Neotropical Biogeography: Regionalization and Evolution presents the most comprehensive single-source treatment of the Neotropical region derived from evolutionary biogeographic studies. The book provides a biogeographic regionalization based on distributional patterns of plant and animal taxa, discusses biotic relationships drawn from track and cladistic biogeographic analyses, and identifies cenocrons (subsets of taxa within biotas identified by their common origin and evolutionary history). It includes maps, area cladograms and vegetation profiles.
The aim of Neotropical Biogeography: Regionalization and Evolution is to provide a biogeographic regionalization that can be used by graduate students, researchers and other professionals concerned with understanding and describing distributional patterns of plants and animals in the Neotropical region. It covers the 53 biogeographic provinces of the Neotropical region that are classified into the Antillean, Brazilian and Chacoan subregions, and the Mexican and South American transition zones.
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Chapter 1 Theoretical Background
Chapter 2 Historical Background
Chapter 3 The Neotropical Region
Chapter 4 The Mexican Transition Zone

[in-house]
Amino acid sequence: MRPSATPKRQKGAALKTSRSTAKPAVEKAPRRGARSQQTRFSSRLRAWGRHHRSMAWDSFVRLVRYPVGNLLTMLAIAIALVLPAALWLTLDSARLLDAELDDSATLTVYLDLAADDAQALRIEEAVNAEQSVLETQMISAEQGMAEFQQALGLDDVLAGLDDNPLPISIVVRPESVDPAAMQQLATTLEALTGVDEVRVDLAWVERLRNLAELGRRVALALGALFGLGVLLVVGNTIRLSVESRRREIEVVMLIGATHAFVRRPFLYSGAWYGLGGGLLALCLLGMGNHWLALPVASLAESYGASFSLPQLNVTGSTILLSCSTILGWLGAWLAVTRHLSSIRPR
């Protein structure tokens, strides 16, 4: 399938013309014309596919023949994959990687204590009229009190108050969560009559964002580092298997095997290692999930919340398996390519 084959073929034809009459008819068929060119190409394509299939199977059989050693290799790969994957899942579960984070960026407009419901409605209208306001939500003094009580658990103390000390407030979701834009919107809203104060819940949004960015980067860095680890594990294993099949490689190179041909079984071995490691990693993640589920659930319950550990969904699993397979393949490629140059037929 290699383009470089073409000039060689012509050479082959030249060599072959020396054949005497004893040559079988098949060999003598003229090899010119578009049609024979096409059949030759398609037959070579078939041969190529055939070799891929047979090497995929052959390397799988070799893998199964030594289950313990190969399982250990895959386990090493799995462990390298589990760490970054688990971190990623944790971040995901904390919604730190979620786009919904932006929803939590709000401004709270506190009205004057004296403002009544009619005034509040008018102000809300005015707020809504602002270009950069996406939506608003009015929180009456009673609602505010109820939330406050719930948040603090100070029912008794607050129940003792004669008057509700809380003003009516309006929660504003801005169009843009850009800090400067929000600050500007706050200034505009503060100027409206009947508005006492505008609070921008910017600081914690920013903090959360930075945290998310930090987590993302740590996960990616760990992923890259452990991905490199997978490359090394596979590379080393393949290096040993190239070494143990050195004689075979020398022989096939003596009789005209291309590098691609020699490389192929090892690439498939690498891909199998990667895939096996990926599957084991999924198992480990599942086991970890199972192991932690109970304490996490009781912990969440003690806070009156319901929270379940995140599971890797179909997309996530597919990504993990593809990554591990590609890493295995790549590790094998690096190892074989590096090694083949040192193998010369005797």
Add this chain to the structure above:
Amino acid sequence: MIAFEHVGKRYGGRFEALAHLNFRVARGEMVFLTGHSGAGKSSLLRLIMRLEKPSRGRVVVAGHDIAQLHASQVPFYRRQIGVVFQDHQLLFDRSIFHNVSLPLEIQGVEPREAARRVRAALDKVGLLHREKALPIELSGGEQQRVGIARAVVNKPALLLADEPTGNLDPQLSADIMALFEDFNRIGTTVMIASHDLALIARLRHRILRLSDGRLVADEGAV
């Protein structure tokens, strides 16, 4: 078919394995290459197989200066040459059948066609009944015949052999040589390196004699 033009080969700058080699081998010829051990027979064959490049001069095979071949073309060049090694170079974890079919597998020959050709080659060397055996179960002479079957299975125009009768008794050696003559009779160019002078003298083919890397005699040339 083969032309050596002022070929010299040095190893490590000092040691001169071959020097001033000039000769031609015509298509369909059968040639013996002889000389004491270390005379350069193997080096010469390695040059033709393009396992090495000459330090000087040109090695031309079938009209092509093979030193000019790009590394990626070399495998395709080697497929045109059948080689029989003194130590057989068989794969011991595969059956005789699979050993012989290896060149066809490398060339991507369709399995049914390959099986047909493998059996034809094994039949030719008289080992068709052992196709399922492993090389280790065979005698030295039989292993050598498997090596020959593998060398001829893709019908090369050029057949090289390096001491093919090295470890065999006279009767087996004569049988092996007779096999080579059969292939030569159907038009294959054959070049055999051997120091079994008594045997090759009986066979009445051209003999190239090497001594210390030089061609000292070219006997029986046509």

Chapter 5 The Antillean Subregion
Chapter 6 The Brazilian Subregion
Chapter 7 The Chacoan Subregion
Chapter 8 The South American Transition Zone
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Juan J. Morrone is full professor of Biogeography, Systematics and Comparative Biology at the Facultad de Ciencias, Universidad Nacional Autonoma de Mexico (UNAM), Mexico. He works on phylogenetic systematics of weevils (Coleoptera: Curculionidae) and evolutionary biogeography and regionalization of the Neotropical and Andean regions. He joined the Museo de Zoologia "Alfonso L. Herrera" of the Facultad de Ciencias, Universidad Nacional Autonoma de Mexico (UNAM), Mexico in 1998, after working for some years at the Museo de La Plata, Universidad Nacional de La Plata (UNLP), Argentina, where he obtained his PhD degree. He is Member of the Academia Mexicana de Ciencias, Fellow of the Willi Hennig Society, and Research Associate of the American Museum of Natural History and the Buffalo Museum of Science. He has authored 270 scientific papers and authored or edited 29 books on evolutionary biogeography, phylogenetic systematics, biogeographic regionalization, biodiversity conservation and evolution.